Previous: Mozambique, Part 3: A Visit to Ilha de Moçambique, An Enigmatic Island

Mozambique, Part 3: A Visit to Ilha de Moçambique, An Enigmatic Island

11 – 13 December 2012

From Pemba, I headed south to Ilha de Moçambique (Mozambique Island), the small island that was the epicenter of Portuguese East Africa. It lies just off the coast, near Nampula, and at 3 kms long by 500 m wide, it’s densely packed with old Portuguese colonial buildings and infused with Arabic and Swahili culture. Vasco da Gama landed on the island in 1498 and subsequently, the Portuguese established a naval base to resupply and protect their trade routes to India. Before the Portuguese arrived, an Arab merchant with the name of Musa-Al-Big was living there and his name was given to the island and later to the mainland.

Besides soaking in the colonial architecture and the relaxed vibe of Ilha de Moçambique, I was there to visit a charity organization called Projecto Oceano who run afterschool programs for the kids on the island. As per my duties to The Muskoka Foundation, who connect overland travelers with volunteer opportunities, I was there to see if Projecto Oceano would be a good partner for Muskoka.

I left sunny Pemba and realized that I was riding straight into a thunderstorm. Battling the crosswinds made for a good workout.

Enjoying the sight of pointed inselbergs that dot the northern Mozambican landscape.

I caught up with the thunderstorm and just as before, I sought shelter with the locals as the heaviest of the rain and lightning passed.

Friendly guys and curious about this stranger on his grande moto.

The rain eased and after 409 kms (254 mi) from Pemba, I arrived at Causarina Camping, just across from Ilha de Moçambique. The place was empty and I setup camp under one of those thatched huts.

A beautiful view from my beach campsite. That’s Ilha de Moçambique on the horizon, connected to the mainland by a single lane causeway.

Click here to see the high resolution version.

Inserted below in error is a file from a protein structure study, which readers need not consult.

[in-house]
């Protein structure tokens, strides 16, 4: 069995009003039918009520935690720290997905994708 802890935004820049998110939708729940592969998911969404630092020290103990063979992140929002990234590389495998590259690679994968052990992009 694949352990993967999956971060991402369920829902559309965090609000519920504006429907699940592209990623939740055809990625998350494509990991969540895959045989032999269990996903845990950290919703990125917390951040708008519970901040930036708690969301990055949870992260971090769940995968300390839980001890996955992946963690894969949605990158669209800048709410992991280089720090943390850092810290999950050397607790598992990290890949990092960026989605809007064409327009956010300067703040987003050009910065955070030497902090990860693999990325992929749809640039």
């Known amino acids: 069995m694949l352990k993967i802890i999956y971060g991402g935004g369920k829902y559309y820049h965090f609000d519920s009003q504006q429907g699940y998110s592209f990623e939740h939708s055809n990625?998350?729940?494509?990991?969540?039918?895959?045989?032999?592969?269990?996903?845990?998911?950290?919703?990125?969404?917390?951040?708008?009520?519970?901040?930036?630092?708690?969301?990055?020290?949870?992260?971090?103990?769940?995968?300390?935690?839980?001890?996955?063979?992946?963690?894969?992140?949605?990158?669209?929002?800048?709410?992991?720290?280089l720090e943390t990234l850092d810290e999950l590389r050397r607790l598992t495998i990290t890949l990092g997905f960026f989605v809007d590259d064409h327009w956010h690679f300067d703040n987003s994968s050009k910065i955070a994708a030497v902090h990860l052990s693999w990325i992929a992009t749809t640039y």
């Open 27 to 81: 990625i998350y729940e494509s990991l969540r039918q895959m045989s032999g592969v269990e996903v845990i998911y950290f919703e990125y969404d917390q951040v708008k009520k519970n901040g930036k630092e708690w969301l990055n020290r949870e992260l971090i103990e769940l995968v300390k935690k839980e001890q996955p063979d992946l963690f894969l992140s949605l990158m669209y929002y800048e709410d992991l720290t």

The next morning, I boarded a pickup just like everyone else going to Ilha for the day. The driver waits till the truck is packed and that means patrons grab on to anywhere they can. (I’m telling you, I blend in so well with my one brown hand and one black hand :p )

Riding to Ilha de Moçambique on the single-lane causeway, which was built in the 1960s.

Fishermen walking on water. The bay is very shallow and the tides create dramatic changes.

Entering Ilha de Moçambique and passing through Makuti Town, where the majority of the island’s inhabitants live. Renamo is the opposing political party in Mozambique and they fought a brutal civil war from 1977 to 1992 with Frelimo, who are currently in charge. Renamo generally control the north, which is less developed, while Frelimo controls the south, the more prosperous half of Mozambique.

I hopped off the pickup truck and strolled around empty Stone Town, noting this old madrasa (Islamic school).

The buildings on Ilha de Moçambique are pretty rundown but as captured here, there’s quite an effort to spruce things up with some new paint and attract the tourists. I’ve been told that Ilha is like what Zanzibar was before it became popular.

Islamic tile art.

A friendly fruit vendor who encouraged me to try this…

…super sour fruit. He sprinkled some sea salt on it but it was still pretty sour. Hey, I’ll try anything at least once.

Fishermen repairing their boat. Ilha de Moçambique was a big port in its hey days but things have slumped as business has moved to other ports, such as the new one at Nacala.

Time for a mid-morning snack and I found this hole-in-the-wall eatery. It was a family’s house and I was sitting at their dining table with a bed to my right and a washing area in front.